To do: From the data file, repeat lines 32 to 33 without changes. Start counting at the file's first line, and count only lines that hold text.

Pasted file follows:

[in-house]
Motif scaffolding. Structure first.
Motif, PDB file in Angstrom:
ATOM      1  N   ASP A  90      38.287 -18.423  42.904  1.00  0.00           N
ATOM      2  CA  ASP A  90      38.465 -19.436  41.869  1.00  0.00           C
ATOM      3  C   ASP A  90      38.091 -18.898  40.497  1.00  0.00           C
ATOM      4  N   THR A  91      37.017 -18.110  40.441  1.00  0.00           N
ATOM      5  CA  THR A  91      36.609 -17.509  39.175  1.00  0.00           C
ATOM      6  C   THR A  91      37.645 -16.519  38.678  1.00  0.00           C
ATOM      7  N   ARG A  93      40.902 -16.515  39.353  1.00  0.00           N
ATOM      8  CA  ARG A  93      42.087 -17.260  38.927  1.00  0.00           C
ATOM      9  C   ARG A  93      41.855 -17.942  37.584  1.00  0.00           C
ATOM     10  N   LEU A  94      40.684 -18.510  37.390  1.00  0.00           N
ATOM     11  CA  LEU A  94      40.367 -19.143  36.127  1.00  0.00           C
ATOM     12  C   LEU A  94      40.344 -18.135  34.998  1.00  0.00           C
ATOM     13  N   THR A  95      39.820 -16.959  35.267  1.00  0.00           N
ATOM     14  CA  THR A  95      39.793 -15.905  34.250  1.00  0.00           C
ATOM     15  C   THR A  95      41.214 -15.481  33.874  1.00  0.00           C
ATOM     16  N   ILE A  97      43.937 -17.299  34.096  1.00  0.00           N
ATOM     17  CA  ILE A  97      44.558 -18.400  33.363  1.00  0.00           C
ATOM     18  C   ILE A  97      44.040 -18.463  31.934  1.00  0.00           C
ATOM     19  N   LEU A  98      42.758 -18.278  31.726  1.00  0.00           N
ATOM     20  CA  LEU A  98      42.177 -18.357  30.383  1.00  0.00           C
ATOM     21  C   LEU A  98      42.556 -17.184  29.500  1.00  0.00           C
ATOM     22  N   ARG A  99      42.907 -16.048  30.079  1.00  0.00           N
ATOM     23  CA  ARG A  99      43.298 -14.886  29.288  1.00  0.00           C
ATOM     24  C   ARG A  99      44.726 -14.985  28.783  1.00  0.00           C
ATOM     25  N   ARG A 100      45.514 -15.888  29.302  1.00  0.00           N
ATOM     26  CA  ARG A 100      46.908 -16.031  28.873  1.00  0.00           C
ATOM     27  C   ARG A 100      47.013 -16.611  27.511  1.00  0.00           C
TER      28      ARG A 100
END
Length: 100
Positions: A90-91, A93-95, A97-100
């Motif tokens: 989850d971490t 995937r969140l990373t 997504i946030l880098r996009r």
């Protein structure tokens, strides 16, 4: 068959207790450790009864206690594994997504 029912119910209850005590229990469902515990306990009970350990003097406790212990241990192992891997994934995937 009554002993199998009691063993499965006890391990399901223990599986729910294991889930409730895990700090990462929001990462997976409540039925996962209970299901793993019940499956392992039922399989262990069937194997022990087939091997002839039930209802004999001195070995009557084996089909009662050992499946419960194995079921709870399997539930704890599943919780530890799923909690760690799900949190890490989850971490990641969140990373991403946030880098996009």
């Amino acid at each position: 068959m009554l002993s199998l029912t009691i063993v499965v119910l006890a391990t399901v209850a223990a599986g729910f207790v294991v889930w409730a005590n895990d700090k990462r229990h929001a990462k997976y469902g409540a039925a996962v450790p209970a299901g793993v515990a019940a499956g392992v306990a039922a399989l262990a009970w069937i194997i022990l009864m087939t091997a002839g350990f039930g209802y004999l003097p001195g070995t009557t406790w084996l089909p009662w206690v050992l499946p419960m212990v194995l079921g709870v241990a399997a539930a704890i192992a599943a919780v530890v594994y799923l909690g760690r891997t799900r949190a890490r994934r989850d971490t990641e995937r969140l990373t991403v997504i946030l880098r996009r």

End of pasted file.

END
Length: 100